Auckland Transport has called in lawyers to review its privacy policy after a technology company used email addresses of more than 50,000 bus passengers to send them marketing offers.

Chief executive David Warburton told his board yesterday the policy had been put under an independent legal microscope as part of an investigation into the use of information obtained from Auckland Transport by electronic card provider Snapper Services.

Snapper, as supplier of the first version of the regional public transport Hop card to passengers of fellow Infratil subsidiary NZ Bus, is understood to be claiming a right to use email addresses obtained from registered card holders.

That view is contested by Auckland Transport, which is seeking clarification of the issue as part of the legal review.


Of 108,000 users of Hop cards, 52,258 have registered themselves to be able to claim refunds if these are lost or stolen.

Although only names and email addresses are required for registration, users are invited to provide other details such as phone numbers.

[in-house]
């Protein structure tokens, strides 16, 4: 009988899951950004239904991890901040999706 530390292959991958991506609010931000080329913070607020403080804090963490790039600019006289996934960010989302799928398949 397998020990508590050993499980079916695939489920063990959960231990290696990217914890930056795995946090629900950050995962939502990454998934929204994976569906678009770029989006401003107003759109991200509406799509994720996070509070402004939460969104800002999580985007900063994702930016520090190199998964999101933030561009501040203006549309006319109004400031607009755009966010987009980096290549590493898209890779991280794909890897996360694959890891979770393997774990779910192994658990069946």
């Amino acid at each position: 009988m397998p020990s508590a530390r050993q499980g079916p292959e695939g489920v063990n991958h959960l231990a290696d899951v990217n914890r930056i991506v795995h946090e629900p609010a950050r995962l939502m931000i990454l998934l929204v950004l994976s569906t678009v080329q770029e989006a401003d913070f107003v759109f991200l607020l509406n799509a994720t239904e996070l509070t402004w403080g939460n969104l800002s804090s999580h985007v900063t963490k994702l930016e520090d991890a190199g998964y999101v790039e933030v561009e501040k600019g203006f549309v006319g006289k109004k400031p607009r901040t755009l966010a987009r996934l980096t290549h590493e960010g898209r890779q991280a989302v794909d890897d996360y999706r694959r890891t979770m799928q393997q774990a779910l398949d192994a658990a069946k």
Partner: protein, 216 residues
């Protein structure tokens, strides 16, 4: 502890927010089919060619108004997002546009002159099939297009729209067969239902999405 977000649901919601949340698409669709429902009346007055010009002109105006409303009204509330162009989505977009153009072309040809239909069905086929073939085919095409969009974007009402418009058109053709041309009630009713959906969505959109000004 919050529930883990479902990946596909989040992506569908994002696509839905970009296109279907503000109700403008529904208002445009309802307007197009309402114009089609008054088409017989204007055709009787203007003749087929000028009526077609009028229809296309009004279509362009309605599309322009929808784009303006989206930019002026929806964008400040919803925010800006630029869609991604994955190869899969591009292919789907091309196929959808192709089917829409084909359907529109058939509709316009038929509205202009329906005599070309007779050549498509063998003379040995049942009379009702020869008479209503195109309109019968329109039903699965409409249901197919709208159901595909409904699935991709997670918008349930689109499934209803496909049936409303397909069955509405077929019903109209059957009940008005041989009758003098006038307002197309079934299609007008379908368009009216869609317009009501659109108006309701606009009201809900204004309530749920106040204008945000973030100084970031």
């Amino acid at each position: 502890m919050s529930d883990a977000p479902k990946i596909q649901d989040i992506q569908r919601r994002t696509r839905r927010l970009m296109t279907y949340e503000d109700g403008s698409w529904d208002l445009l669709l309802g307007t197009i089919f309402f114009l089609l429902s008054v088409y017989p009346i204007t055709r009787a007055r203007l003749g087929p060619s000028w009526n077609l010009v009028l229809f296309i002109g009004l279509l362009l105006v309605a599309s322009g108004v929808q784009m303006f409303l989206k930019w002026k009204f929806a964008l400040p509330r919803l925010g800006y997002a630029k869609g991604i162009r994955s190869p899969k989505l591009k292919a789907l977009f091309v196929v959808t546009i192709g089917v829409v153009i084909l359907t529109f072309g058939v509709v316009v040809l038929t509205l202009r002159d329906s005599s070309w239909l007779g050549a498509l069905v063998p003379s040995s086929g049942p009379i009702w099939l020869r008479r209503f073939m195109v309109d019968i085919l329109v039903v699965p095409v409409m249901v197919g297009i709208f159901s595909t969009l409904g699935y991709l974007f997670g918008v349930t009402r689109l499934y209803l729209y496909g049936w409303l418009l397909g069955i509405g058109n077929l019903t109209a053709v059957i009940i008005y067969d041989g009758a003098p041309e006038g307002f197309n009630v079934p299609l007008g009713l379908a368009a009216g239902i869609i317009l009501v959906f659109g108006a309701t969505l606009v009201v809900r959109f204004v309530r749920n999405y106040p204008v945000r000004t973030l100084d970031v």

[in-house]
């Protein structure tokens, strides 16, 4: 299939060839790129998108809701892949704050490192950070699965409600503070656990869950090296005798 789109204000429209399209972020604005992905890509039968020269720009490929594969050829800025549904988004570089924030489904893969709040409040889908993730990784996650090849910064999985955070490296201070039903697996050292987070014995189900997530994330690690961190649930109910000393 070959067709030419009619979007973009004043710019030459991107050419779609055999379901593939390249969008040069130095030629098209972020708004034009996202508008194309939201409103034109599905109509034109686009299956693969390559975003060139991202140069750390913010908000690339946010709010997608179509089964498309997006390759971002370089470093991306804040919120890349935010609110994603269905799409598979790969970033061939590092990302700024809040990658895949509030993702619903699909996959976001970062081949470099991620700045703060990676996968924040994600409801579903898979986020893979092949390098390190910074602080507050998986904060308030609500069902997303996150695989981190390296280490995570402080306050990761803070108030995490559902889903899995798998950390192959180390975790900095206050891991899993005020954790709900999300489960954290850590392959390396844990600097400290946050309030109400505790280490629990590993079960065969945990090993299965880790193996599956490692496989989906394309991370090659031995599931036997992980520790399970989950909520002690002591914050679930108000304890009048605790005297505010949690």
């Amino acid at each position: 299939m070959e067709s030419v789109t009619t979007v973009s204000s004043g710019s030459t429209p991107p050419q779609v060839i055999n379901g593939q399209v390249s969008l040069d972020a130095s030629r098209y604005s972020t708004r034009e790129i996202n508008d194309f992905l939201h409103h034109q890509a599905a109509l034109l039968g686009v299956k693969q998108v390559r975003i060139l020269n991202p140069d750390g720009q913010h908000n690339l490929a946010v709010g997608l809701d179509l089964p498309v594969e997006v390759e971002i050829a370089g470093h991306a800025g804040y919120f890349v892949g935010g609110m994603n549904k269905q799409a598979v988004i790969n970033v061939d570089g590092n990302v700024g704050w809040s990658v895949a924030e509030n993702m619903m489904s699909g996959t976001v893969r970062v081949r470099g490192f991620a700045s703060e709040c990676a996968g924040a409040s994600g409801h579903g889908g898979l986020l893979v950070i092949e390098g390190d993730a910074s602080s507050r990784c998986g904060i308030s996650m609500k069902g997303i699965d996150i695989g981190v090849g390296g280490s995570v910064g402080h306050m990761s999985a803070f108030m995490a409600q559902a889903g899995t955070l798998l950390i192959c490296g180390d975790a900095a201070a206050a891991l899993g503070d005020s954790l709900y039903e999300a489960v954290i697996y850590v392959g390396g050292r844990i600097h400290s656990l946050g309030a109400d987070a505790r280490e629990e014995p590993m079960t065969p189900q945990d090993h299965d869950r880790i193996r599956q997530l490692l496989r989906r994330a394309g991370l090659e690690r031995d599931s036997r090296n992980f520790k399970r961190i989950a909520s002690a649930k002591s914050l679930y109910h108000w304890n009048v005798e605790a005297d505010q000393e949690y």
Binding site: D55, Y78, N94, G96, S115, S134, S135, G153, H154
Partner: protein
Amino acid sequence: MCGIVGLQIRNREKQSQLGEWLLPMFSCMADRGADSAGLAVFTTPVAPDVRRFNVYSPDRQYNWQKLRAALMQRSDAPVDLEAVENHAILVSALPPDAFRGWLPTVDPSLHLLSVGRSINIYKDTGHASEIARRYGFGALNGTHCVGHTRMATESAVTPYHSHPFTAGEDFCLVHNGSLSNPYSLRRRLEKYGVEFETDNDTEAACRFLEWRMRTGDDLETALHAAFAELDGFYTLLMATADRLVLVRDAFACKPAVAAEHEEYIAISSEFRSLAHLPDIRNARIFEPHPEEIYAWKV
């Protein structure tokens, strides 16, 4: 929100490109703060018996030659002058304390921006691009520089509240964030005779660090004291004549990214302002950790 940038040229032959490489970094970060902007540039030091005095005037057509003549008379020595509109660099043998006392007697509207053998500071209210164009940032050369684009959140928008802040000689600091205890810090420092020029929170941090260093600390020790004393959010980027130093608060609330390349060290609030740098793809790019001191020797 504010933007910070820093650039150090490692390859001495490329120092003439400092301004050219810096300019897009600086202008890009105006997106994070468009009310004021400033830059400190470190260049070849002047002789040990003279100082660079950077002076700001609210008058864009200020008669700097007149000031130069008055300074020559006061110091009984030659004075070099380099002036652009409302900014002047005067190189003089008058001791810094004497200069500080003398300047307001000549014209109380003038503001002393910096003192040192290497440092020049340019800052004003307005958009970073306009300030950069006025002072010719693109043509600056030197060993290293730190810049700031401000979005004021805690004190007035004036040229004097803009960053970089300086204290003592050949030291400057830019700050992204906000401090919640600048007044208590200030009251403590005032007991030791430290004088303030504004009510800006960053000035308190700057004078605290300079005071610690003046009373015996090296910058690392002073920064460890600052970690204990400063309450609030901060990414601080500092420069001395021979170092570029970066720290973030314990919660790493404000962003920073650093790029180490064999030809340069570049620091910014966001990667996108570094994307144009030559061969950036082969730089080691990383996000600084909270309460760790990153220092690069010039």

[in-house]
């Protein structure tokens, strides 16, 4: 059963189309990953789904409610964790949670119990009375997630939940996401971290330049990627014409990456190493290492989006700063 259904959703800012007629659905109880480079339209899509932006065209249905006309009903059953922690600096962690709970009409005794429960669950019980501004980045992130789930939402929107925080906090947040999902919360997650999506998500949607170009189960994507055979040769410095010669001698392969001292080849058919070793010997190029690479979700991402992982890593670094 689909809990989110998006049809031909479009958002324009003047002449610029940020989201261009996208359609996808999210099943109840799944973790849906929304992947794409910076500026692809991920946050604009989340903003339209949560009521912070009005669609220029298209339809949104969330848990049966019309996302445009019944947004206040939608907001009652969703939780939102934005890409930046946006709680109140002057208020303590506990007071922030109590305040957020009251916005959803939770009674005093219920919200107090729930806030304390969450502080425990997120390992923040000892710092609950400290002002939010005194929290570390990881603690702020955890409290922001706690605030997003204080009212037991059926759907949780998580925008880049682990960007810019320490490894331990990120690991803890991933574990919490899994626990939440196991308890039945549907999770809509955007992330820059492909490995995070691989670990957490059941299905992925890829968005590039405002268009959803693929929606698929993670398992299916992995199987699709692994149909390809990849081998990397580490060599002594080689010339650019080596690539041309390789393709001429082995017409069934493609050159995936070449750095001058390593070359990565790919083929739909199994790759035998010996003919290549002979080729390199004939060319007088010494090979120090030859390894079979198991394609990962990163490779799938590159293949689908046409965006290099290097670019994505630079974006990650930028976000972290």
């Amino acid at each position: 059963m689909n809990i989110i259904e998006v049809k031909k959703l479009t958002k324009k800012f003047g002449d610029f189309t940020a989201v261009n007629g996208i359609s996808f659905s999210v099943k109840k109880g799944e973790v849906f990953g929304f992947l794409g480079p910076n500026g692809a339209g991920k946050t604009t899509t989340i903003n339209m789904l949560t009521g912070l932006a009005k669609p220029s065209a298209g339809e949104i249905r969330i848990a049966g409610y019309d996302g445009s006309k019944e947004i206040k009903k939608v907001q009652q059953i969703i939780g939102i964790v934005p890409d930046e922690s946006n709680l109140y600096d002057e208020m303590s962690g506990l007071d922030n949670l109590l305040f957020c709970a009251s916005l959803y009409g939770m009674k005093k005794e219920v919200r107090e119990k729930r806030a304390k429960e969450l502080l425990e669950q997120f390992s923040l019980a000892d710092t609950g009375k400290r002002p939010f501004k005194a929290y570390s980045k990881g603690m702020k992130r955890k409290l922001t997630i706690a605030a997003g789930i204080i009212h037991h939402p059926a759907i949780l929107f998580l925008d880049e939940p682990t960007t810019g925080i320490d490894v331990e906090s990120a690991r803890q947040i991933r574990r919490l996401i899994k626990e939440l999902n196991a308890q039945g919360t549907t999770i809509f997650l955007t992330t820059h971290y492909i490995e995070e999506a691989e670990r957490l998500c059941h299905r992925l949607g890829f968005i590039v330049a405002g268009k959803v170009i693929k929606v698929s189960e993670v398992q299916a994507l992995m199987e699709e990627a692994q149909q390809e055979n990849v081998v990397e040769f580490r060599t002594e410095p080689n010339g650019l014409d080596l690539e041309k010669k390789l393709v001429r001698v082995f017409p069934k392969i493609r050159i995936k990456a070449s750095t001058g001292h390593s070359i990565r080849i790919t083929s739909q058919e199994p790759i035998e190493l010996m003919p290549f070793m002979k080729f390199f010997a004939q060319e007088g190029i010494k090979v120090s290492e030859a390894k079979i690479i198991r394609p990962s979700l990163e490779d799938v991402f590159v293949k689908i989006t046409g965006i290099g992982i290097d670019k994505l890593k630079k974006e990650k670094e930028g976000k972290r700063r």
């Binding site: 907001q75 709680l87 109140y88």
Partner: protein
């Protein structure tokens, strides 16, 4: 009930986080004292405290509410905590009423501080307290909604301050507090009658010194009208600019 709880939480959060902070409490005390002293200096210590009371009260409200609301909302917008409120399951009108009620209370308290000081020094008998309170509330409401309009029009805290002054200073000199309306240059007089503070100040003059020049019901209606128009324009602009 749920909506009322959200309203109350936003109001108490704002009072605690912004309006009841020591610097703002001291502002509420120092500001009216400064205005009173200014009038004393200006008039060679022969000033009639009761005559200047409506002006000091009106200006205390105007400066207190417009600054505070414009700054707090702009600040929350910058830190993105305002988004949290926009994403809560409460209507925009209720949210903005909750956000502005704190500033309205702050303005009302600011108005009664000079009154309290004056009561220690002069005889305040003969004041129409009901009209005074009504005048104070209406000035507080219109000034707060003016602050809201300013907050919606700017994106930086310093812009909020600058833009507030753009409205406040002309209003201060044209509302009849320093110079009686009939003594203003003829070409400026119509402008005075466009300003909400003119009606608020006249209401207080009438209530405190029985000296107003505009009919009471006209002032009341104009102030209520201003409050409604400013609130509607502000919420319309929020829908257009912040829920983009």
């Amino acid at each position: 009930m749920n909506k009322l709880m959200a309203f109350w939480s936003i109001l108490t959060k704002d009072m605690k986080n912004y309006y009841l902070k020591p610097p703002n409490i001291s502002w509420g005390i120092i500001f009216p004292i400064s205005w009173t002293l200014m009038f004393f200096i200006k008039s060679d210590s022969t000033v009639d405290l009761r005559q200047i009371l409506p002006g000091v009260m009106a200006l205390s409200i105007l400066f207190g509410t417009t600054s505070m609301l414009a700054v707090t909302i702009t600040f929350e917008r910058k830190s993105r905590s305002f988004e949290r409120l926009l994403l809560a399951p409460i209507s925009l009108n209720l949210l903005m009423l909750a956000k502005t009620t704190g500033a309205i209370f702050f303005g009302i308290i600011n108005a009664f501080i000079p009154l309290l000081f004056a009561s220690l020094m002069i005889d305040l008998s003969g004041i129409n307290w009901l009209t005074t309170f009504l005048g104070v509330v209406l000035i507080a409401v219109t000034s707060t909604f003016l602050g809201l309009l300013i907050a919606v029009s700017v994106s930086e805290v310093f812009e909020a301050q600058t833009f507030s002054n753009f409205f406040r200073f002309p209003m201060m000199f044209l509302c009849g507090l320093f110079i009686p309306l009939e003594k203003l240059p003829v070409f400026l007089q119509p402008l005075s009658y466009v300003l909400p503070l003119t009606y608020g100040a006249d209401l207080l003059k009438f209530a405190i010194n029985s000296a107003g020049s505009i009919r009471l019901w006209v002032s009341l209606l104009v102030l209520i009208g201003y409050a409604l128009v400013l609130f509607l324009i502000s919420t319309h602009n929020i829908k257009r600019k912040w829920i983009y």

The privacy policy says the council organisation may see fit to disclose personal information to Hop partners such as Snapper and NZ Bus.

Auckland Transport spokeswoman Sharon Hunter said on Monday that the mass email was "a mistake on the part of Snapper" and not an appropriate use of information gathered.

But the manager of the organisation's key relationships unit, Stephen Rainbow, indicated to the board there was disagreement among the partners about intellectual property ownership.

Dr Warburton has meanwhile written to Devonport-Takapuna Local Board member Joseph Bergin, a law student concerned about Snapper's use of his email address and those of fellow bus passengers, saying Auckland transport was taking the incident "very seriously".

Snapper is not returning the Herald's calls.